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Buying a Home After Bankruptcy - Quicken Loans Zing Blog*This post was published in 2005. Bankruptcy guidelines have changed greatly since then. For more information, check out the government’s website here

The good news: Having a bankruptcy on your credit report does not mean you can’t buy a home. Believe it or not, those who have gone through bankruptcy are actually encouraged to find ways to build credit by taking on debt.

The bad news is that debt will be closely scrutinized, come in smaller amounts, and have higher interest rates because lenders will consider them to be higher-risk borrowers. But these downsides shouldn’t discourage those with poor credit history from investigating their home loan options. The responsible use of credit is the only way up from a bankruptcy filing.

How Bankruptcy Affects Your Credit Rating

Bankruptcy can provide relief to people in dire financial straits by releasing them from the obligation to repay their debts. It’s a drastic move for anyone because a bankruptcy will stay on a person’s credit rating for up to 10 years, effectively acting like a warning flag to anyone considering lending that person money or a line of credit.

In order to mitigate the risk of providing that person a loan, the lender will charge higher interest rates than they normally would. For instance, an auto loan that might ordinarily carry six percent interest could come with an interest rate of eight percent or higher. But, as time passes and small loans and credit card balances are paid off on time, the bankruptcy filing becomes less and less significant to a lender.

Rebuilding Good Credit After Bankruptcy

Establishing good credit after bankruptcy is essential. The following will help recent bankruptcy filers regain their financial strength:

  • Pay bills on time. This is the single best thing bankruptcy filers can do to build up their credit rating.
  • Acquire and use a secured or unsecured credit card. Just don’t charge any more than you can afford to pay off each month.
  • Read your credit report. Errors are possible, and keeping tabs on your progress will help you stay focused on the goal of rebuilding after bankruptcy.

When and How to Find a Home Loan

Understandably, mortgage companies want some form of reassurance that the borrower is on a safe and responsible financial track. Many lenders prefer to see three things when considering loaning money to someone following a bankruptcy:

  • A two-year stretch of on-time bill payments
  • A down payment
  • A steady income

The one non-negotiable item on the list is a reliable income. The other two – two spotless years of credit and a down payment – aren’t quite set in stone. Some lenders will be willing to provide a loan sooner than two years if there is evidence of responsible bill payment on a car or secured credit card plus reliable income.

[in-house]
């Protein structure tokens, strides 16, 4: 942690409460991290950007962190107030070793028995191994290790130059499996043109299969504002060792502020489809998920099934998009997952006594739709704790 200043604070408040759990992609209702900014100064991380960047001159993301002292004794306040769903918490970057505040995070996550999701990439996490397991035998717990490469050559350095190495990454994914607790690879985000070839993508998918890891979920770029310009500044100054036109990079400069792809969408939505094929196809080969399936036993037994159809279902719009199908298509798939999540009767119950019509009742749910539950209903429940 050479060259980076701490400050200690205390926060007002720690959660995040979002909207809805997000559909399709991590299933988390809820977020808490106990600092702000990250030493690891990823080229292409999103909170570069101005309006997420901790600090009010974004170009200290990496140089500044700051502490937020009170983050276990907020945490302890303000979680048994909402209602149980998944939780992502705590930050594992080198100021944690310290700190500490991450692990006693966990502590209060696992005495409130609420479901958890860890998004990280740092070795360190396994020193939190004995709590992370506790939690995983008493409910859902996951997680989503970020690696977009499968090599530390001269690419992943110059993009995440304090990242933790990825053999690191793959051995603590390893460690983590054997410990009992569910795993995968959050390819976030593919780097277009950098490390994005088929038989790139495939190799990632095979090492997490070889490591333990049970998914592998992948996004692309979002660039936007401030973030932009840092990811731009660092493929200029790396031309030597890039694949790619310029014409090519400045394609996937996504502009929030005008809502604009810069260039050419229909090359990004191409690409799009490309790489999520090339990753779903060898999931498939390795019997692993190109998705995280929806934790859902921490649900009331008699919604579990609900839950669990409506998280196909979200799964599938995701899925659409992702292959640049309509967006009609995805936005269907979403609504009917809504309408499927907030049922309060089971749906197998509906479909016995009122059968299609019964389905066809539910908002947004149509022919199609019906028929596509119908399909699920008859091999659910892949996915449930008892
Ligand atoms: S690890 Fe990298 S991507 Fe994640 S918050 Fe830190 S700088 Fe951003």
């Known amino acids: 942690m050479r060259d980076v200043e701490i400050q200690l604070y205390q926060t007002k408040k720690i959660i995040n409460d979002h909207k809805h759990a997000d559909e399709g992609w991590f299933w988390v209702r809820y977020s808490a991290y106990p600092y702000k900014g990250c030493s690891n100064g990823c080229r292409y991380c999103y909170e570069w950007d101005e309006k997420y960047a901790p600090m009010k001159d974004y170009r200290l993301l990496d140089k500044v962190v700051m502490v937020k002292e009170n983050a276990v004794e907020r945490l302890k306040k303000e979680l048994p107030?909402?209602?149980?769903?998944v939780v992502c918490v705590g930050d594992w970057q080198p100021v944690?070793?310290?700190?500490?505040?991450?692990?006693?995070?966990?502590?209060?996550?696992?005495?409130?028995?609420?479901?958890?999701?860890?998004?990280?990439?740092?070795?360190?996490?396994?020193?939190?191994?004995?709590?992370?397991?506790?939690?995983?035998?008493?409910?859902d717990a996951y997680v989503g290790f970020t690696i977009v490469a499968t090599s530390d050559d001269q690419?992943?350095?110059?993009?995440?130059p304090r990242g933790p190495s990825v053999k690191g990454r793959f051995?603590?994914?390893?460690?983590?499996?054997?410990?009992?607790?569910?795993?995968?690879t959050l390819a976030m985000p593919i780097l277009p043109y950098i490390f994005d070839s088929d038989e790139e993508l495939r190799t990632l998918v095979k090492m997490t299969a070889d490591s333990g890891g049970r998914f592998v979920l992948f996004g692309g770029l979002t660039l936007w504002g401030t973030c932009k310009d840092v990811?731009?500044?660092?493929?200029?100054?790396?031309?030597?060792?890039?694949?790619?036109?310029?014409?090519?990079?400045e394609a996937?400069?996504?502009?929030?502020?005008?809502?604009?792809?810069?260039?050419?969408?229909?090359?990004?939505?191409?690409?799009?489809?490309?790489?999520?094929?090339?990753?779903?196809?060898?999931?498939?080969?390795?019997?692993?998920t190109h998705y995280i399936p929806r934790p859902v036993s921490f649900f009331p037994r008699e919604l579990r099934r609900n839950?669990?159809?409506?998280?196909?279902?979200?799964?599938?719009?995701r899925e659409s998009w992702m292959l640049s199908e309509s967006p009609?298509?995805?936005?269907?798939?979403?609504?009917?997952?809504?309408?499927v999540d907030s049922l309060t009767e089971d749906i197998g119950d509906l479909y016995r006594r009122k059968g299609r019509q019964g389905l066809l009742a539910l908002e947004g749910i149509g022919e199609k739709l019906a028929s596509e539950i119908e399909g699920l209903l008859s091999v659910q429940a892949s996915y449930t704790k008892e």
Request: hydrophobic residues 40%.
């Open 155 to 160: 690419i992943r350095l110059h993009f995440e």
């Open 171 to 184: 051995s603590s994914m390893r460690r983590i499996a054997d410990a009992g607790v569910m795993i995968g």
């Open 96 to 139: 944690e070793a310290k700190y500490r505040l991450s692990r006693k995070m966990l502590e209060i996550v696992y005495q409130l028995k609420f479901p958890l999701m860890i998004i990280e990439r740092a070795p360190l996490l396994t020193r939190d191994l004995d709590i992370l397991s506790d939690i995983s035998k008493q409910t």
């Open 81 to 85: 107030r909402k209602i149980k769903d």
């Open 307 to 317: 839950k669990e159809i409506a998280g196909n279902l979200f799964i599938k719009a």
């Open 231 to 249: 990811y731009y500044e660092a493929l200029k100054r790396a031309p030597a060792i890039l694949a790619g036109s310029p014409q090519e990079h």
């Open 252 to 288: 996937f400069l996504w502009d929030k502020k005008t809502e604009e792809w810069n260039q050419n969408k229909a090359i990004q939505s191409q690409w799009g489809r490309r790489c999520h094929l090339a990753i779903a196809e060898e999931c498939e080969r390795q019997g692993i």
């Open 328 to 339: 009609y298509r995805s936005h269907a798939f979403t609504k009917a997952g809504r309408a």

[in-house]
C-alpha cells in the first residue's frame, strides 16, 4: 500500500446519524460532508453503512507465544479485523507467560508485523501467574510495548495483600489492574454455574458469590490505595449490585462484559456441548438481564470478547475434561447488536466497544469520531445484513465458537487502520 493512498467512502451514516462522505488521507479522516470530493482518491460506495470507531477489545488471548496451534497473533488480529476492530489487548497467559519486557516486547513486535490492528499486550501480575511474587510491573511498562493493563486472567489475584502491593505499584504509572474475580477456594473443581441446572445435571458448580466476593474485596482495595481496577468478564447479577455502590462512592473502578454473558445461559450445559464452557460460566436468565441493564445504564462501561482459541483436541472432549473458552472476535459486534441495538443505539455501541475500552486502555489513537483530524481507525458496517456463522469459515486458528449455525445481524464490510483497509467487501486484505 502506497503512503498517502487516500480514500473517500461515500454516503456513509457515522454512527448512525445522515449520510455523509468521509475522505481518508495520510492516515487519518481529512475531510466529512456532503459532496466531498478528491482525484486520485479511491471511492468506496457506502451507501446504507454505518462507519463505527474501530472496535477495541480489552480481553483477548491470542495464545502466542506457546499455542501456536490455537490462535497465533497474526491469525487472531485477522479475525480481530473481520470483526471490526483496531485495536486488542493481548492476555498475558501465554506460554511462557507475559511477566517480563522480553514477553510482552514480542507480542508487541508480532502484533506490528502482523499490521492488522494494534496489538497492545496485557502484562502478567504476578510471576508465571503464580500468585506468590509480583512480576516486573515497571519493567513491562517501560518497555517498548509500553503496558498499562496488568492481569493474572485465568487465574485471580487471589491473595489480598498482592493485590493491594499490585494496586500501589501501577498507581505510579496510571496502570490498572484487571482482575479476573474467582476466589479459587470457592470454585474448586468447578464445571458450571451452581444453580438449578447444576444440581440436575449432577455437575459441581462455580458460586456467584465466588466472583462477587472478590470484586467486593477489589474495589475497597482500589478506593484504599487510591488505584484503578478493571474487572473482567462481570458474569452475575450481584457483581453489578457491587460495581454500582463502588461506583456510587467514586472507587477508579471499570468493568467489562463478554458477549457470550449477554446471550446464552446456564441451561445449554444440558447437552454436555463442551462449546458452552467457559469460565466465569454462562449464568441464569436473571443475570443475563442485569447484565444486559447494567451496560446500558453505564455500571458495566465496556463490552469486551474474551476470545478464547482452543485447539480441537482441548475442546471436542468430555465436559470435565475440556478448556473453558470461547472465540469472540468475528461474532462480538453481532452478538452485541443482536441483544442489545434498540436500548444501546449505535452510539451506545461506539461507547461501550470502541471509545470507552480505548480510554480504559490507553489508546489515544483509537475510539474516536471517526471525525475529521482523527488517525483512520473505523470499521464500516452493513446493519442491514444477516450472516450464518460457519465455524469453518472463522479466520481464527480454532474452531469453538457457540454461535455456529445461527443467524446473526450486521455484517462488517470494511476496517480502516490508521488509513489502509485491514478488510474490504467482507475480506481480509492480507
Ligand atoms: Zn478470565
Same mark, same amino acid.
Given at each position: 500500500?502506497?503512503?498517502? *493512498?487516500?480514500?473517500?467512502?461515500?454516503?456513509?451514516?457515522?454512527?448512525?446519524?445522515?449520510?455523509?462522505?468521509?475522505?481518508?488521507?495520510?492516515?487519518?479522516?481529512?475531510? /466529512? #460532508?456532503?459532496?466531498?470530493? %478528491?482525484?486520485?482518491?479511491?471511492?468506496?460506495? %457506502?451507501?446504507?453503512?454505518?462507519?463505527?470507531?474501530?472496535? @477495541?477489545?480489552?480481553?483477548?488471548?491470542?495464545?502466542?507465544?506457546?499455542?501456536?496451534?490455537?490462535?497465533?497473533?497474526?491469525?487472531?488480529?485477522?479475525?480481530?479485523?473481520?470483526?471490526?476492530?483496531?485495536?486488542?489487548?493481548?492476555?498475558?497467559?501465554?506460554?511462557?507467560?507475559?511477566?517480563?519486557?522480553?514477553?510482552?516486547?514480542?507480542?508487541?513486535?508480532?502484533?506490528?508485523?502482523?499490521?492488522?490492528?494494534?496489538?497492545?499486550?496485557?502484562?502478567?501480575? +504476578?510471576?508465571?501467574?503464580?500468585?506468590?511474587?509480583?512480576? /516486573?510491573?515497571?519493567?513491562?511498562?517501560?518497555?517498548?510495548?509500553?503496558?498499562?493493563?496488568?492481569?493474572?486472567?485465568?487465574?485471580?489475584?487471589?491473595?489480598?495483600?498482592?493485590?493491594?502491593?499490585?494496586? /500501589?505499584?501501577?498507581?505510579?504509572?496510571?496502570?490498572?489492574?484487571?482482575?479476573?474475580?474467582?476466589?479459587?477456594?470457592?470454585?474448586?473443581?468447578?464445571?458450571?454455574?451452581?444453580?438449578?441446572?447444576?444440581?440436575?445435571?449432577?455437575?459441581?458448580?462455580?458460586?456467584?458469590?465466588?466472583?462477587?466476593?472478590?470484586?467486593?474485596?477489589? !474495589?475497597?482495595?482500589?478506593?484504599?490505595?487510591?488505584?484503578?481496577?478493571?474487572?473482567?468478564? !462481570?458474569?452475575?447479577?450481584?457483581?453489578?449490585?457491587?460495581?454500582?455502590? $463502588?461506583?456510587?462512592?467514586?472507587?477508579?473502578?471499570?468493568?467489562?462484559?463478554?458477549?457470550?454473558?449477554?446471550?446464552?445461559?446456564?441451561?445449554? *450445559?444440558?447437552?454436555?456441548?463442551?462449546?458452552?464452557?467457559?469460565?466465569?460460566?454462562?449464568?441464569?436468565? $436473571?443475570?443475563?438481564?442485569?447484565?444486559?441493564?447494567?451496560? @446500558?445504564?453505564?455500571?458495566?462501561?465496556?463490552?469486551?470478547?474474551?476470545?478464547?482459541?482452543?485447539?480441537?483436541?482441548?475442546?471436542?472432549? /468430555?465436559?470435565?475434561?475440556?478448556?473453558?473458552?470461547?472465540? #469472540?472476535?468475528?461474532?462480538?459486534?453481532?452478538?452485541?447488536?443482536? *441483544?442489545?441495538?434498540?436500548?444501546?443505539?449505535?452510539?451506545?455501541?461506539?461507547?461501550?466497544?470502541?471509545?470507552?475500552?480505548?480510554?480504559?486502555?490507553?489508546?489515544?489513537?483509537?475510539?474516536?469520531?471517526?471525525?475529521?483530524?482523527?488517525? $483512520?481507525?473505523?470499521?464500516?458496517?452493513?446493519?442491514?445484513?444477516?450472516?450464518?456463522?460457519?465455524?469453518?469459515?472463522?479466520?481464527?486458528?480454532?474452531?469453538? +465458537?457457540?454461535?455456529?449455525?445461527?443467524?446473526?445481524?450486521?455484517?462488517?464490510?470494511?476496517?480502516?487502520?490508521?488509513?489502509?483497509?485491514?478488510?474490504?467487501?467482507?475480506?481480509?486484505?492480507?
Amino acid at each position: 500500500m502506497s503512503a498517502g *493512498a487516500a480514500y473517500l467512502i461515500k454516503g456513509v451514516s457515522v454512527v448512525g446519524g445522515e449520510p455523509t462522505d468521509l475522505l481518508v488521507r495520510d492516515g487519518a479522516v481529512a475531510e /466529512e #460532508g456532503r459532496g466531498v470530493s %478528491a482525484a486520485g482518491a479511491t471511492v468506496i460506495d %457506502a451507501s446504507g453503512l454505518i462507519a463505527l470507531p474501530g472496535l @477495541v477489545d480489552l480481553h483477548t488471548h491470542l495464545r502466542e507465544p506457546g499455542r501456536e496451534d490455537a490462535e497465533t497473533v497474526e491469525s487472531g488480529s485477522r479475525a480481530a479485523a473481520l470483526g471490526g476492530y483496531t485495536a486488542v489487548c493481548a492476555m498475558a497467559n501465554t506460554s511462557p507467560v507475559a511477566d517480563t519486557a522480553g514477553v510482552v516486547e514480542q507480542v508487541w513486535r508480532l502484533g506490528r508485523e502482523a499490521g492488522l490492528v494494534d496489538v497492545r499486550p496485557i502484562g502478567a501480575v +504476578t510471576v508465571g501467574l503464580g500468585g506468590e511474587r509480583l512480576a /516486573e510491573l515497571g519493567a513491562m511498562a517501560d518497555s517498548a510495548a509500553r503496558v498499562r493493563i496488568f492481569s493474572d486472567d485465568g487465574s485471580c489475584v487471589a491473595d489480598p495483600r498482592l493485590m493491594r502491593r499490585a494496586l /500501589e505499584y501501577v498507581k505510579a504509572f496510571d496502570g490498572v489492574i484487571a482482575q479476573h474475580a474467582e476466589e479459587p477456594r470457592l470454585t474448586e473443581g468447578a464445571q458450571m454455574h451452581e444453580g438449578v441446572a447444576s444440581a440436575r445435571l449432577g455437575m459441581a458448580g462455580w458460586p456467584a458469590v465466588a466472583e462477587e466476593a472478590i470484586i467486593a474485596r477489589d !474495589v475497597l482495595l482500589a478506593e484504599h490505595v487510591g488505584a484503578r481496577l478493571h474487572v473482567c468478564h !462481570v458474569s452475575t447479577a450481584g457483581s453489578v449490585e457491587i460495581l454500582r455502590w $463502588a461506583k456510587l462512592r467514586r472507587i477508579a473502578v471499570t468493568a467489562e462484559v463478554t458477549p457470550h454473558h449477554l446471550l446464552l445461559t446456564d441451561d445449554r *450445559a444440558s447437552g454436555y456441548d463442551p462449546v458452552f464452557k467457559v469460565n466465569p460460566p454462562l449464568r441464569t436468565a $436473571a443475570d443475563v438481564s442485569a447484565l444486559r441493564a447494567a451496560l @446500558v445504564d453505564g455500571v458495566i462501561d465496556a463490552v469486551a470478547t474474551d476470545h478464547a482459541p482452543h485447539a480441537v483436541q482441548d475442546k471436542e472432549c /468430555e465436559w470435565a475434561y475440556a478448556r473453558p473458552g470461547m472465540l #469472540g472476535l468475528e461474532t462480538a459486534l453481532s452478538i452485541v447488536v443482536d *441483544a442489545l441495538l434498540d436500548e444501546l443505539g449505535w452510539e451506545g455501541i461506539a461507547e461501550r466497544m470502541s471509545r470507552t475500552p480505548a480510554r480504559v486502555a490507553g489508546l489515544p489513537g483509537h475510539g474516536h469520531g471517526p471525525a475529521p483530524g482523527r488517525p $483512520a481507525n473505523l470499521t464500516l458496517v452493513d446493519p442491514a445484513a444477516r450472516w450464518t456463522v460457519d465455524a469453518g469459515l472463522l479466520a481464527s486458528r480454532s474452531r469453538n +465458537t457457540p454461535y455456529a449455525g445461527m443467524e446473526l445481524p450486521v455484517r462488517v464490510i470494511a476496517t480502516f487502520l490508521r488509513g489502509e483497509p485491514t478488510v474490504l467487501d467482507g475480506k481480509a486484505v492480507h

Likewise, with a steady work history and a down payment (even a small one), it’s not impossible for someone just coming out of bankruptcy to secure 100-percent coverage on a home loan.


Finding a reputable lender willing to loan a home’s total value to someone just beginning the process of rebuilding their credit, and with an on-again off-again employment situation, is a tall order, and probably not a good idea for the would-be borrower. Post-bankruptcy borrowing should be undertaken at a slow pace and with an eye toward the future. With proof of responsible borrowing and spending, home ownership won’t be far off.

Have any questions? Talk to a Home Loan Expert today!

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  1. I am lost because I though my home was still consider mine after my Ch7 bankrutcy. After talking to the mortgage co (WellsFargo) they are apart of my 2016 discharge. I am not obligate to make payment but they can retrieve the property. Quicken was ready to do a refin in 2018. I have invested alot of my income to remodel room 4room. Please help me?

    1. Hi Joyce:

      I’m going to recommend you reach out to one of our Home Loan Experts about this at 888-980-6716. They may be able to give you more advice. You should also consult a bankruptcy attorney and go from there.

  2. I have been discard from bankruptcy for over 12 months, can I qualify for a mortgage loan? The bankruptcy was a chapter 7 in the state of GA.

  3. Our Ch7 discharged in late August 2015. Our scores are back into the high 600’s and low 700’s depending on who you ask. All on-time payments with new auto loan and unsecured high-limit cards. We also have 20% down. We would like to move out of state before the new school year begins, which is likely just shy of the 24 month minimum. At what point can we BEGIN the mortgage loan process with Quicken to ensure that we are able to move prior to or exactly at the 24 month mark?

    1. Hi Jim:

      Unfortunately, FHA requires that you not apply until two years after the discharge. However, we may have an option to help you after a year. I’m going to recommend you talk to a home loan expert by filling out this form or calling 888-728-4702.

  4. I filed a Ch. 13 BK and my wife has filed for a Ch.7 bankruptcy. We currently have a house that we have been living in for almost two years now. We would like to move to another state. How hard would it be get a loan for another house? (we would be selling the house we currently live in now) Keep in mind both BK have been recently filed.

    Answers would be greatly appreciated. thanks

    1. Hi Kevin:

      Unfortunately, the soonest we could help you with any kind of loan would be one year after the discharge of the bankruptcy. You would have an FHA option after one year, but your wife would have to wait two years. I wish I could give you a different answer.

      Kevin Graham

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